Beverly Hills Cop Was Michael Eisner's Response To A Speeding Ticket

1984's "Beverly Hills Cop" contains a plot hook so good it seems like a no-brainer idea in hindsight: a streetwise Detroit policeman finds himself in a fish-out-of-water situation when he pursues a criminal to luxurious Beverly Hills, whereupon his blue-collar attitude clashes with the snooty, affluent natives.

Yet a study of the making of the film reveals that it had a fairly rocky transition from concept to screen, with the production going through several different directors, stars, and tonal approaches before landing on director Martin Brest and star Eddie Murphy. That could be due in part to the fact that the core concept for the movie wasn't so fleshed out upon conception.

Way before a series of screenwriters began work on what would eventually become "Beverly Hills Cop," then Paramount executive Michael Eisner had the simple notion to make a movie about a Los Angeles policeman, an idea that occurred to him thanks to having some particularly bad luck on the road one day.

Michael Eisner meets a real-life Beverly Hills cop

Back in 1975, Eisner was the president of Paramount Pictures (or at least, was about to be — his official website states that he didn't assume the presidency until 1976). According to a December 1984 article in the New York Times, was speeding one day on an L.A. freeway when he was pulled over by a cop. According to Eisner, the cop who pulled him over was "extremely efficient, reasonably rude, with an air of superiority and quiet condescension."

While getting a speeding ticket isn't a remarkable event for most people, Eisner's movie-producer brain was clearly in overdrive when mulling over the incident, moving past the bare facts and reading into the subtext of what just happened. Eisner thought that his being singled out for speeding had more meaning than whatever number his speedometer had read — he believed that his well-worn station wagon that he used to drive in New York City stood out amongst the flashier L.A. traffic.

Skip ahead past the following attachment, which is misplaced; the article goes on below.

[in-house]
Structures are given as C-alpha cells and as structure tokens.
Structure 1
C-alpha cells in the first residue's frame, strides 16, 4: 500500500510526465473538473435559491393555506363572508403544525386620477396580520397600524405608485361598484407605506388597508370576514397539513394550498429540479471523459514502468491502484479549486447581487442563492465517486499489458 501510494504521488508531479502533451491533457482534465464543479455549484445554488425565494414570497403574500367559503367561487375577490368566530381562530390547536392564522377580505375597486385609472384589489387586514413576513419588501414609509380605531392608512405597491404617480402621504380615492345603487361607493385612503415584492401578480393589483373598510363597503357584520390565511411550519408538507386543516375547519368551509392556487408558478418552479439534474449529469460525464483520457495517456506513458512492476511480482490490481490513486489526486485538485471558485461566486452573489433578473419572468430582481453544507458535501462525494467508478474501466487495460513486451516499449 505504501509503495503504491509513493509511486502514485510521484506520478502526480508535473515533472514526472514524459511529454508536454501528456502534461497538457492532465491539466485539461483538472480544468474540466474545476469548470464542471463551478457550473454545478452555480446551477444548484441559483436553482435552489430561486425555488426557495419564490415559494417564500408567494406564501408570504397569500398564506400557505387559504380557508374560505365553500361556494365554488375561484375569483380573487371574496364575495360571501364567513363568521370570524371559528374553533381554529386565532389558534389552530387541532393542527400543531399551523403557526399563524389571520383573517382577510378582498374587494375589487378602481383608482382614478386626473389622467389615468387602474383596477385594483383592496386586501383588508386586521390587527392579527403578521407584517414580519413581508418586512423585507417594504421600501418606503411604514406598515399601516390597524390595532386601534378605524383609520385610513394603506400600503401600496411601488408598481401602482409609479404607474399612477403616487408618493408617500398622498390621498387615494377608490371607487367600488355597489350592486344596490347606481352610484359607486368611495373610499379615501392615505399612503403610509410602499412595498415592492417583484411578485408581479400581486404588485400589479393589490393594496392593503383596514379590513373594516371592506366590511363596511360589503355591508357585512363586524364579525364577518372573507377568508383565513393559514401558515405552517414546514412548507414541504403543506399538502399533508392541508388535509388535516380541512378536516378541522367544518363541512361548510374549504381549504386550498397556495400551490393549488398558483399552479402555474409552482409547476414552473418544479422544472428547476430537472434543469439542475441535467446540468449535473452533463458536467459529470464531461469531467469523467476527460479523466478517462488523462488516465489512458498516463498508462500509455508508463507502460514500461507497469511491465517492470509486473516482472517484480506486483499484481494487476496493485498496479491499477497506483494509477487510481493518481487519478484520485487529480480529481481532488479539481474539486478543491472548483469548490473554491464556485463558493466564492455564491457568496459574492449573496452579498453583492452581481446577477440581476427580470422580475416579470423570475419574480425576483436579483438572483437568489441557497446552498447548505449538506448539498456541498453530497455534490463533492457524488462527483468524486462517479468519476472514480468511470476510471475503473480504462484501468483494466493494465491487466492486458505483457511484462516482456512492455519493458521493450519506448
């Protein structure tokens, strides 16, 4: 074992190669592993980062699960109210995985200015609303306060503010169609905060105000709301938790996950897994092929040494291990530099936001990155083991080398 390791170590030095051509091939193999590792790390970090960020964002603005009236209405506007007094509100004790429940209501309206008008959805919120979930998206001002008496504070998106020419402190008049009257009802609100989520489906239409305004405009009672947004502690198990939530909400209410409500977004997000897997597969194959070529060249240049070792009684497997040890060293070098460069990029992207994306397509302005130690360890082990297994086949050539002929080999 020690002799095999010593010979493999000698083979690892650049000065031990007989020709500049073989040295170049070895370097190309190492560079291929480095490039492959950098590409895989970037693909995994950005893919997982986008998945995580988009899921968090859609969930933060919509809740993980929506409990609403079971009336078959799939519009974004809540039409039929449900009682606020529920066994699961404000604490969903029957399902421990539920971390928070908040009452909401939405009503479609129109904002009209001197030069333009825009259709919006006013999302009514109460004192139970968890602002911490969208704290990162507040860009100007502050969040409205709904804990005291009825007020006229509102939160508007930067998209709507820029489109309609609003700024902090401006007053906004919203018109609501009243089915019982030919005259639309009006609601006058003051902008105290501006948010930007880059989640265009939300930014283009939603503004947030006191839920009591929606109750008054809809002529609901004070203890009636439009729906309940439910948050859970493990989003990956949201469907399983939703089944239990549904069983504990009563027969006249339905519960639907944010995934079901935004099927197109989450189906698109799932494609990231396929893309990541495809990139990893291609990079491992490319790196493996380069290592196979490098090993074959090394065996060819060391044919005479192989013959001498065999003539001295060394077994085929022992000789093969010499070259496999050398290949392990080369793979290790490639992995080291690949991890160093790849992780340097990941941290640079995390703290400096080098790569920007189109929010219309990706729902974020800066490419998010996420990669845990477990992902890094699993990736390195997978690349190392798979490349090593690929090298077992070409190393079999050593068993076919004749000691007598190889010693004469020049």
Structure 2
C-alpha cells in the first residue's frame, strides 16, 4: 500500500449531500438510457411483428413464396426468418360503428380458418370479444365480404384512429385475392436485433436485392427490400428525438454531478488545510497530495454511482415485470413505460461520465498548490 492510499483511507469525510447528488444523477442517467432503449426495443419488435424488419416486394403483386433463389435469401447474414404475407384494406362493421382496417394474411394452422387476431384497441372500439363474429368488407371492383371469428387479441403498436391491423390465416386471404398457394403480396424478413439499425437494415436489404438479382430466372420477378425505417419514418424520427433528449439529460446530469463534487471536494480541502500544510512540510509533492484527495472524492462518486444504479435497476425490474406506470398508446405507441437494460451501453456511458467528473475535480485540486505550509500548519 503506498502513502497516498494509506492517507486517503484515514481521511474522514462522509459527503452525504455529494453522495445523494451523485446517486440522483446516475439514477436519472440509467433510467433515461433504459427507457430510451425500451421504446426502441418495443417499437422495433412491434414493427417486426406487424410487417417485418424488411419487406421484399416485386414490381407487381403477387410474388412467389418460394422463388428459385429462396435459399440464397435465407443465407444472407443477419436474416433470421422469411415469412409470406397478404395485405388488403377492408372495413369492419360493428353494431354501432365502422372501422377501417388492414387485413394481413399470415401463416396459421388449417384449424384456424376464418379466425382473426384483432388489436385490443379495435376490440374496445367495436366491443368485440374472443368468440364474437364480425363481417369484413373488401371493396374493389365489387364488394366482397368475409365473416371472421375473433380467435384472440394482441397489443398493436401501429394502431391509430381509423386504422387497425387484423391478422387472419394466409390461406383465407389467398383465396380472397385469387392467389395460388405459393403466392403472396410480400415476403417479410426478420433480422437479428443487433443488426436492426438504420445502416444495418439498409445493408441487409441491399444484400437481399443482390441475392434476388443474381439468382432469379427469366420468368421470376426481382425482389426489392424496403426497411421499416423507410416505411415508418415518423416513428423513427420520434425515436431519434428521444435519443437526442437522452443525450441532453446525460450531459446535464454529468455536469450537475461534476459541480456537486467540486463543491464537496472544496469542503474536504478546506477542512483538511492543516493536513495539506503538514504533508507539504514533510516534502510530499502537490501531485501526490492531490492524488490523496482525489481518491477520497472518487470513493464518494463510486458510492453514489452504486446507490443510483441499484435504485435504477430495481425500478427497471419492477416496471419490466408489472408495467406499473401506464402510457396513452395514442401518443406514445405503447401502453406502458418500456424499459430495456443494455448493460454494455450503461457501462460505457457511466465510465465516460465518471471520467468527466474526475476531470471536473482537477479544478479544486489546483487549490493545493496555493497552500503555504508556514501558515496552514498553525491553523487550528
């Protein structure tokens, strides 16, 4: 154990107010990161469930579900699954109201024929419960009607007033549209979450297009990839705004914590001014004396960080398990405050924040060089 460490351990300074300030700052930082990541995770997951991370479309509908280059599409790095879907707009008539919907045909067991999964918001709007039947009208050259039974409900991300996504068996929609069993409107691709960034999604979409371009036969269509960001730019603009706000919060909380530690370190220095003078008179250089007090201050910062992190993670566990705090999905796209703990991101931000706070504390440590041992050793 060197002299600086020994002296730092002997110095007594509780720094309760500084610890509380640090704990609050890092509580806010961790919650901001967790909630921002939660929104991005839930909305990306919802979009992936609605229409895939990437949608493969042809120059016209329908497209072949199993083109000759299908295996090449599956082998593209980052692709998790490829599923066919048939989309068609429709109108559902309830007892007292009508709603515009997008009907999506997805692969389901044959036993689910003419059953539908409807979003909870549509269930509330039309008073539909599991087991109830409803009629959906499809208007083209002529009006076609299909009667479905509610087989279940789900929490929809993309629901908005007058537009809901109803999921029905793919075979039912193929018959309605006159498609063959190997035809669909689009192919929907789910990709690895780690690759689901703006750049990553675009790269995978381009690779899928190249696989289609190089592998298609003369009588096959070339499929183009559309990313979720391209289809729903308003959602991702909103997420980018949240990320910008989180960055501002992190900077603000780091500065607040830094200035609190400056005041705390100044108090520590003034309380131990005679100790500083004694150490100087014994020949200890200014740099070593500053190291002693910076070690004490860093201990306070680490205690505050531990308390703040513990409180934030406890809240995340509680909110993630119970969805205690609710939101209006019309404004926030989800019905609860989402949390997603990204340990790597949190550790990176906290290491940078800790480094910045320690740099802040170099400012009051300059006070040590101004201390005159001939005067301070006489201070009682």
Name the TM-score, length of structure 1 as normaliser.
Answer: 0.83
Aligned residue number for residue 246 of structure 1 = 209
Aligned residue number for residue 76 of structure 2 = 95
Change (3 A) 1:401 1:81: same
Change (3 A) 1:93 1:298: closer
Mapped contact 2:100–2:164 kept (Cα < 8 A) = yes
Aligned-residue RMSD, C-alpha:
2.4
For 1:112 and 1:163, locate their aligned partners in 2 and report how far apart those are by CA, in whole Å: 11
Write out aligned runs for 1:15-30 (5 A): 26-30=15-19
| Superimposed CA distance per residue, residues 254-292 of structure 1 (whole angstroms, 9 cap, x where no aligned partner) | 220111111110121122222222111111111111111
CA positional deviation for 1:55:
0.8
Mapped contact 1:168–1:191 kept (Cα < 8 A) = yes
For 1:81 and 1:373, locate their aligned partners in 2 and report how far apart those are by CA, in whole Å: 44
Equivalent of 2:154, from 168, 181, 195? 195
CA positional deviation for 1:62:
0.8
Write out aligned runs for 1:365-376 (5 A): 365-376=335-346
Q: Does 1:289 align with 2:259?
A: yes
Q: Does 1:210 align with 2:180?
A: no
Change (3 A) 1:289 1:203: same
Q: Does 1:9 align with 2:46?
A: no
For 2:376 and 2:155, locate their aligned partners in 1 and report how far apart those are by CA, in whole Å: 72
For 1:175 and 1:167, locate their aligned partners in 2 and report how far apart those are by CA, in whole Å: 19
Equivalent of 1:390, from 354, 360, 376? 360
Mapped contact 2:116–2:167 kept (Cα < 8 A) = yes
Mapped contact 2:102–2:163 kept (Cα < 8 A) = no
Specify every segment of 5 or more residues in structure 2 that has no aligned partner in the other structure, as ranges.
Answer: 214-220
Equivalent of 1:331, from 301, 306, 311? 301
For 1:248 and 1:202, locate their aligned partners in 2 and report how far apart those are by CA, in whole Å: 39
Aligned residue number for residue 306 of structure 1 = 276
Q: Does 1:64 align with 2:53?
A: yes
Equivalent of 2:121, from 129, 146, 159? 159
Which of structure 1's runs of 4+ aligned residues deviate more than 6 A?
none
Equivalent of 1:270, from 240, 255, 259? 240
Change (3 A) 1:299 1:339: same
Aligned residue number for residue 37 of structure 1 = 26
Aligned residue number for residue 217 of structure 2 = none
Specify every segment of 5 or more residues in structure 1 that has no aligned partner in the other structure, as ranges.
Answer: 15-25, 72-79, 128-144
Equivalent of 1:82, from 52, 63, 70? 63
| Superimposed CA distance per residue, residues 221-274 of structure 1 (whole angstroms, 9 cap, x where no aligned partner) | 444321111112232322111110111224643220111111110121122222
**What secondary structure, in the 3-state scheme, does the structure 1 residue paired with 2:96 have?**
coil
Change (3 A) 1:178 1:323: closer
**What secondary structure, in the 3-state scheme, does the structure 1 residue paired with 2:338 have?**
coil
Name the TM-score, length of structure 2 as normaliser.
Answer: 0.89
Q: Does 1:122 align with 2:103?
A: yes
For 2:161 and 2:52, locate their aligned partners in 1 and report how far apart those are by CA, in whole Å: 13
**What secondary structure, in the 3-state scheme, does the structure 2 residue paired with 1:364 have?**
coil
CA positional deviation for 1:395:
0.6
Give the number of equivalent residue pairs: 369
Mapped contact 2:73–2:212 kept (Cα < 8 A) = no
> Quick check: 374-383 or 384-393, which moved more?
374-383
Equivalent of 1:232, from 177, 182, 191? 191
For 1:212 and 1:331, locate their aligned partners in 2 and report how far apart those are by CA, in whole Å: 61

After buying a Mercedes the day after the encounter, Eisner claims he "went to the office and said we have to do a movie about a Hollywood cop." Thus, "Beverly Hills Cop" was born. Or was it?

The growing pains of Beverly Hills Cop

While Eisner's story was immortalized in that article, co-producer Don Simpson believed he was the one who came up with the idea for "Beverly Hills Cop," not Eisner. Whatever the case may have been, it's clear that the concept was barely bigger than "a cop working in Beverly Hills."

That's why, when writer Danilo Bach was brought in by Simpson to flesh the idea out into a feature-length script, it took several years for a first draft to be completed. That initial draft was allegedly entitled "Beverly Drive," and it had the bare bones of what "Beverly Hills Cop" became: a cop from a tough city (Pittsburgh, in this case) named Elly Axel travels to Beverly Hills to investigate a friend's death. Yet that early draft was a full-on action script, as opposed to an action-comedy like the final film. Hence, Paramount, Simpson, and his producing partner Jerry Bruckheimer were entertaining the likes of Mickey Rourke and Sylvester Stallone for the lead role.

When screenwriter Daniel Petrie Jr. was given the assignment to rewrite the film after executives at Paramount read his script for what eventually became "The Big Easy," the writer conceived a different tonal approach for the movie. In a 2013 interview, Petrie explained how living as an aspiring screenwriter while working in a Beverly Hills office allowed him to "see something funny" every day. When given the "Beverly Hills Cop" assignment, Petrie said that "it immediately occurred to me that it should be comedic. In the three previous scripts there was some humor but they were more straight-ahead police thrillers. [...] Paramount was surprised when they got my script and it was much more comedic. They found it funny, and were surprised and pleased."

Beverly Hills Cop finally finds its title character

Back when "Beverly Hills Cop" was to potentially star Stallone, the actor did his own rewrite of the script, ending up with two drafts which Simpson claimed were two of the best scripts he ever read. When Paramount told Stallone that they were much more interested in making the more comedic version that Petrie Jr. had penned, Stallone left the project, and Simpson and Bruckheimer turned to an actor who'd shown interest in the project but hadn't yet been approached: Eddie Murphy.

With Murphy and Brest on board, "Beverly Hills Cop" became the story of Axel Foley, a Detroit cop who travels to Beverly Hills to find out who killed an old buddy of his. The film went on to gross $316 million over a $13 million budget, becoming one of the biggest hits of 1984 and spawning two sequels over the next ten years. As the brand new "Beverly Hills Cop 4" gets ready to hit Netflix sometime soon, it's wild to think that all this drama may never have happened had Michael Eisner simply gone the speed limit.